We recently caught up with Artist Jessica Abel about her latest work which features a Roller Derby Skater. We chatted about her work, inspiration and what’s on the horizon for her.
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Grab a cup of tea and enjoy!
Please tell us a bit about yourself?
I’m a cartoonist. I started back in the early 90s, self-publishing and then working with Fantagraphics on a series of short stories called Artbabe. After that, I did a graphic novel called La Perdida and taught comics, which led to writing (with my husband, fellow cartoonist Matt Madden of 99 Ways to Tell a Story: Exercises in Style) two textbooks on making comics, Drawing Words & Writing Pictures, and Mastering Comics (see below). I started Trish Trash back in 2007, initially with the idea of scripting it and working with an artist, but in the end I decided to draw it myself (with an assistant, Lydia Roberts http://lydiarobotica.com/
What artistic background do you come from?
I’ve always liked drawing, and have taken various drawing and painting classes, but I’m self-taught as a cartoonist.
So what was the inspiration for your comic?
It was 2006, and I was working on illustrations for DWWP, and for the character design chapter, Matt gave me some random modifiers: an emotional attribute, a physical attribute, and a job. From that I came up with Trish Trash and a 7-legged martian! I have no idea why. The mind works in mysterious ways.
Here are the prompts Matt gave me:
wears a skirt
(that became Fred Xed, Martian tour guide. He did not make it to final cut.)
After doing these illustrations, for some reason I kept pondering the idea of roller derby on Mars. Again, I don’t know why. But it became more and more interesting, and the story more and more involved, to the point where it’s going from a silly romp to a serious, involved sci-fi epic. That’s just how I think, I guess!
Please explain the process and work involved to go from an idea to a finished product?
It’s a very long process in this case, but the short version is this: I think about the characters and the relationships, which leads me to research ideas. I do research, which builds my ideas as to the world and the characters. Eventually, I come up with a story arc, and then write scenes, using the page layout program InDesign to write directly in page layouts. Then I do a sketch version of the pages (with my assistant, Lydia) on a digital tablet. I print those and tape them to a piece of bristol board. Then I pencil the characters, send it to Lydia, she pencils and inks backgrounds, and send it back to me. I ink figures and some foreground elements, and touch up. I scan, digitally touch up, and add elements like sound effects and holographic screens on the computer. I send the pages to a colorist, Walter, and when he’s finished, they go to a letterer (because it’s translated into French). Can you believe that’s the short version? I’m not kidding.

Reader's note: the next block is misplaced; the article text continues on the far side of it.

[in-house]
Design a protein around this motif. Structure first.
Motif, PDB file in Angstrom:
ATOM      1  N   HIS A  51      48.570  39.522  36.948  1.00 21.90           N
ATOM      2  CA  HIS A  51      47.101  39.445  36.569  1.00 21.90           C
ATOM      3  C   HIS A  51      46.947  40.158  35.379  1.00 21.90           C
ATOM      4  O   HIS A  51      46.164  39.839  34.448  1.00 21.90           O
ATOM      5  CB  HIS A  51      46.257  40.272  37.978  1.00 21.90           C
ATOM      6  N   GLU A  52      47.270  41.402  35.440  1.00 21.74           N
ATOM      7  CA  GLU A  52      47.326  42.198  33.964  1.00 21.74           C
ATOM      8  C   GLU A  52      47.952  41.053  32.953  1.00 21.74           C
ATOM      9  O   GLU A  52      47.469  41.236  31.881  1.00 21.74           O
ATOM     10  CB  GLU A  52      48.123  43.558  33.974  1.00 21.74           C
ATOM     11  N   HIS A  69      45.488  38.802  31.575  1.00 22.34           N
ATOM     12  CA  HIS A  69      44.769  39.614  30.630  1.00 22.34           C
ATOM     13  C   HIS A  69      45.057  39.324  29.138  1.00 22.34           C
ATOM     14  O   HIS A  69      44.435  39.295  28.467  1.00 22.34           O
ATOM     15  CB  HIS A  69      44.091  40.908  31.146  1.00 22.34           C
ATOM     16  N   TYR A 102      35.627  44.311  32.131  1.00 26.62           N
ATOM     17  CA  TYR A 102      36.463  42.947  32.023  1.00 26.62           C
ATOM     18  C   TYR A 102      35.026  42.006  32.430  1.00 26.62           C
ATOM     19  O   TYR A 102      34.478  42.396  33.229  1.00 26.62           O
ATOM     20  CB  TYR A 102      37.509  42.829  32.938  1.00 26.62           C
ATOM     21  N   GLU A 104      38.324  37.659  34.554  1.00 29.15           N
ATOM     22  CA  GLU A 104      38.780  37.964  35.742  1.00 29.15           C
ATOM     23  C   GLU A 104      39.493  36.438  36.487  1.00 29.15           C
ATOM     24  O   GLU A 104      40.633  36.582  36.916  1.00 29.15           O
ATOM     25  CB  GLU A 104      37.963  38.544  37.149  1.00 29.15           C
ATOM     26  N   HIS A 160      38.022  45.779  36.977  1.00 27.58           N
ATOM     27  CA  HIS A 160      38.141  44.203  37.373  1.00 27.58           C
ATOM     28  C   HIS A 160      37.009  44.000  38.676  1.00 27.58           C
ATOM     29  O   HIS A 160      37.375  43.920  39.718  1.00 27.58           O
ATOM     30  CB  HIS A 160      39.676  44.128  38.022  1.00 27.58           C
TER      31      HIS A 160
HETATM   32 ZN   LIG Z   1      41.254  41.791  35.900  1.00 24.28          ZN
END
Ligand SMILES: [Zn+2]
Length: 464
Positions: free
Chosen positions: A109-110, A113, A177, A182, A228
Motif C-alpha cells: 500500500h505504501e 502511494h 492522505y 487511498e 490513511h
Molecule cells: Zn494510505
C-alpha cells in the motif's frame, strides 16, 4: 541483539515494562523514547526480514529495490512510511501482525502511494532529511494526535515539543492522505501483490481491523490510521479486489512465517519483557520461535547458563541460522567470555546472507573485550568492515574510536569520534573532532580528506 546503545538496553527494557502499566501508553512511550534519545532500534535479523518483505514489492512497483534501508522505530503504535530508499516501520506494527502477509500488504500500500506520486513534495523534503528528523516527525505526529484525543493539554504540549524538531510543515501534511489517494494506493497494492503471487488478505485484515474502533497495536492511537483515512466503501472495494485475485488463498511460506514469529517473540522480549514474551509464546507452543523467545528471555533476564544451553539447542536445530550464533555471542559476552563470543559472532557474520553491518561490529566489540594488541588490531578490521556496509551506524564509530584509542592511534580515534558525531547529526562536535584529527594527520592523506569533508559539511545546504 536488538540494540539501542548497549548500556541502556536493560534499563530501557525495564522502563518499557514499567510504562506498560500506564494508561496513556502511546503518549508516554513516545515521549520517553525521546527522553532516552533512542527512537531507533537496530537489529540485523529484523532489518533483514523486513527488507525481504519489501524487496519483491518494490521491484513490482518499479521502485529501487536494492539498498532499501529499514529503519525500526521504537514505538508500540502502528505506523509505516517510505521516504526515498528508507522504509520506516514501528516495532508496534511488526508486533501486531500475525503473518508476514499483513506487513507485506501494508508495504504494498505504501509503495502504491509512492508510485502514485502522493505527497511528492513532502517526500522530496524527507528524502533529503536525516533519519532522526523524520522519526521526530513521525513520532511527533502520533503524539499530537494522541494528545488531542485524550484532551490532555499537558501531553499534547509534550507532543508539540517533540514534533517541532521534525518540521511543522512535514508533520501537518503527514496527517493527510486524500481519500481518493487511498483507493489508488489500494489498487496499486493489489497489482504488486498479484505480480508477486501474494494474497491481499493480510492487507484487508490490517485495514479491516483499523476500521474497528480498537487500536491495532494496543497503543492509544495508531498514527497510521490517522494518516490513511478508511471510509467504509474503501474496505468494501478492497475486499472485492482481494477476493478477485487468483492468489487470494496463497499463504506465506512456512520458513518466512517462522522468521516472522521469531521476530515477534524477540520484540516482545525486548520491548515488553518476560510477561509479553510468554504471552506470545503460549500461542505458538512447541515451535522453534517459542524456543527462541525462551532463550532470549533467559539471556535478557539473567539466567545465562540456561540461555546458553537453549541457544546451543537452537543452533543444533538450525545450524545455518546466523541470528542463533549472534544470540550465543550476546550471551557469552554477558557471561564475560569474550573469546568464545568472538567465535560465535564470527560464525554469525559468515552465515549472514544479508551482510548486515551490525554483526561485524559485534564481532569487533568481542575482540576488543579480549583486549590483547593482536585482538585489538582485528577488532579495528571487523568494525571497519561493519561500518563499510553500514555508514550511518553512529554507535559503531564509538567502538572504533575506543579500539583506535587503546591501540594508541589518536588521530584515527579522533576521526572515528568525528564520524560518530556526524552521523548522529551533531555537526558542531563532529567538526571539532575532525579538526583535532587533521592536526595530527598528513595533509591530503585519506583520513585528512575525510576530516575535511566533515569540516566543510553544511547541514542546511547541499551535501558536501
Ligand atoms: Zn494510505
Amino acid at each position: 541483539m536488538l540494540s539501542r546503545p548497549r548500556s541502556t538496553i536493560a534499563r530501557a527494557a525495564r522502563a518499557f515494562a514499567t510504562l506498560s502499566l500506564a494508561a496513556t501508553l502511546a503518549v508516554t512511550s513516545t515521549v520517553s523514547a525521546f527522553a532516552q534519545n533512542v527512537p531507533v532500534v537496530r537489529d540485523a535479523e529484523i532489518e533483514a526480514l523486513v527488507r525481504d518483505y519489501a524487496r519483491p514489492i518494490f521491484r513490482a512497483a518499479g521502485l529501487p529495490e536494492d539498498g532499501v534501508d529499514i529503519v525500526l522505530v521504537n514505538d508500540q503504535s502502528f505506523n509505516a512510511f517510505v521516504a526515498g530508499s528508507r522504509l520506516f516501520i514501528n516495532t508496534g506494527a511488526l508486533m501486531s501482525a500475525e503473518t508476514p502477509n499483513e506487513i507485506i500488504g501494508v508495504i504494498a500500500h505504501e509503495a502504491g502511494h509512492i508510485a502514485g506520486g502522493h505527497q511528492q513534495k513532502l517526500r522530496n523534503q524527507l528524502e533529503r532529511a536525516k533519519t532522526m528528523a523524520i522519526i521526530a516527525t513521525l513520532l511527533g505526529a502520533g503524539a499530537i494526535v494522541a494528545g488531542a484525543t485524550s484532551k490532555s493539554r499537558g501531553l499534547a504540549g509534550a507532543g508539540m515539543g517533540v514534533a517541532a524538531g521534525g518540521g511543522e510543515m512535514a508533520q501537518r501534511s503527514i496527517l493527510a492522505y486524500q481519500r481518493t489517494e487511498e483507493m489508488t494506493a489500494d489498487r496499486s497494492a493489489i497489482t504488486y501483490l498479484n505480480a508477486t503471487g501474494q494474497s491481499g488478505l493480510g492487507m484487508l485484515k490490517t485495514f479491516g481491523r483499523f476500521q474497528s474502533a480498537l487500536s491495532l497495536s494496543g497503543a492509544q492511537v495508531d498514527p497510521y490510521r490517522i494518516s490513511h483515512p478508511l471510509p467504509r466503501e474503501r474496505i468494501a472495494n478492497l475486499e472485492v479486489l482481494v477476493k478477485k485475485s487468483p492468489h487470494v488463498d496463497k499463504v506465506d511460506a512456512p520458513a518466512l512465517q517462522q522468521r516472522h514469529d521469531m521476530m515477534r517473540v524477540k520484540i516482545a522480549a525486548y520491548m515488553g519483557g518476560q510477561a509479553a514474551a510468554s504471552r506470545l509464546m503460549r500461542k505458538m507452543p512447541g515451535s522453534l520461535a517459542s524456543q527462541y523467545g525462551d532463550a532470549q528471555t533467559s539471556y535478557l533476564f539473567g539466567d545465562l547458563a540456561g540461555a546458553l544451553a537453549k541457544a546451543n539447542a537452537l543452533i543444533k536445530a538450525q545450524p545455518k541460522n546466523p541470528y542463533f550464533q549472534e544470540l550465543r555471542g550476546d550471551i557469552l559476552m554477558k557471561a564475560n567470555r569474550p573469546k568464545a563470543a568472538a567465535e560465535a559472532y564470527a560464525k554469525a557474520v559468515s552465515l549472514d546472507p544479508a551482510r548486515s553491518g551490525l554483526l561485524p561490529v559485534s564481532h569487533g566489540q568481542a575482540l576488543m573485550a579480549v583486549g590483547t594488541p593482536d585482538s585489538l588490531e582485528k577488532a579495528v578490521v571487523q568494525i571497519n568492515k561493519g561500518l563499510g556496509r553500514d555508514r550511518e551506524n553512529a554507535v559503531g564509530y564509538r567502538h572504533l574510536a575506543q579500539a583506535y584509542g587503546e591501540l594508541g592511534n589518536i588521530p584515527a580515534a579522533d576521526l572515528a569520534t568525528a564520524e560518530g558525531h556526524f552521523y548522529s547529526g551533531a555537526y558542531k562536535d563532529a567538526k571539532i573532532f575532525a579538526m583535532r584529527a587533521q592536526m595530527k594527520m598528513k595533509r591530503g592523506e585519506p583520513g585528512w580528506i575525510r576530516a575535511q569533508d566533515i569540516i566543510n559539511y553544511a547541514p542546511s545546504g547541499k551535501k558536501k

What is it about Roller Derby that caught your eye?
You know, I have no idea. I don’t even know how I was aware it was happening again. I mean, 2006, that’s not long after the modern relaunch of the sport, and I had not seen a bout. Maybe newspaper articles? I don’t know. But it was intriguing. After I started mulling over the rollerderby-on-Mars idea, I started going to Gotham bouts (I lived in Brooklyn), and that was plenty to convince me.
How would you like your work to be perceived?
Hm, I’m not sure how to answer this. Trish Trash is a serious work of (science) fiction, and I hope it’ll find an audience that really connects with the characters and ideas, not least of which is that derby is awesome.
I see that this is a another of your projects (http://dw-wp.com/) can you tell us a little bit more about that?
DWWP is a project of comics education that’s primarily the two textbooks, and also the website you mention. It’s a comprehensive course for anyone who wants to learn to make comics, teach comics, or even read comics. It springs out of my 15 years of teaching experience.
What’s next on the horizon?
Well, more Trish, for a start! This volume is just the first of 3 in this series (and if it works, there are at least two more stories to tell). I hope to finish this first cycle while I’m still living here in France, in other words before June 2016. I’d also love to have it out in English! I’m originating the book in France with Dargaud, and we’re working on English-version plans (though, meanwhile, any English-speaker interested enough can get the book in French and find the English transcription on my site http://jessicaabel.com/work/trish-trash-rollergirl-of-mars/
I’m also working on a book called Out On the Wire ( http://jessicaabel.com/work/out-on-the-wire-ira-glass-and-radio/
), which is nonfiction, about how the best narrative radio-makers in the US craft story. I’m talking about shows like This American Life, Radiolab, Planet Money, Snap Judgment, and the Moth. It’s a totally different kind of comic, but I like the balance of the two approaches. That will be out in August 2015.
Thanks very much to Jessica for taking the time out to chat to us. All the best for the comic!
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Thanks for reading.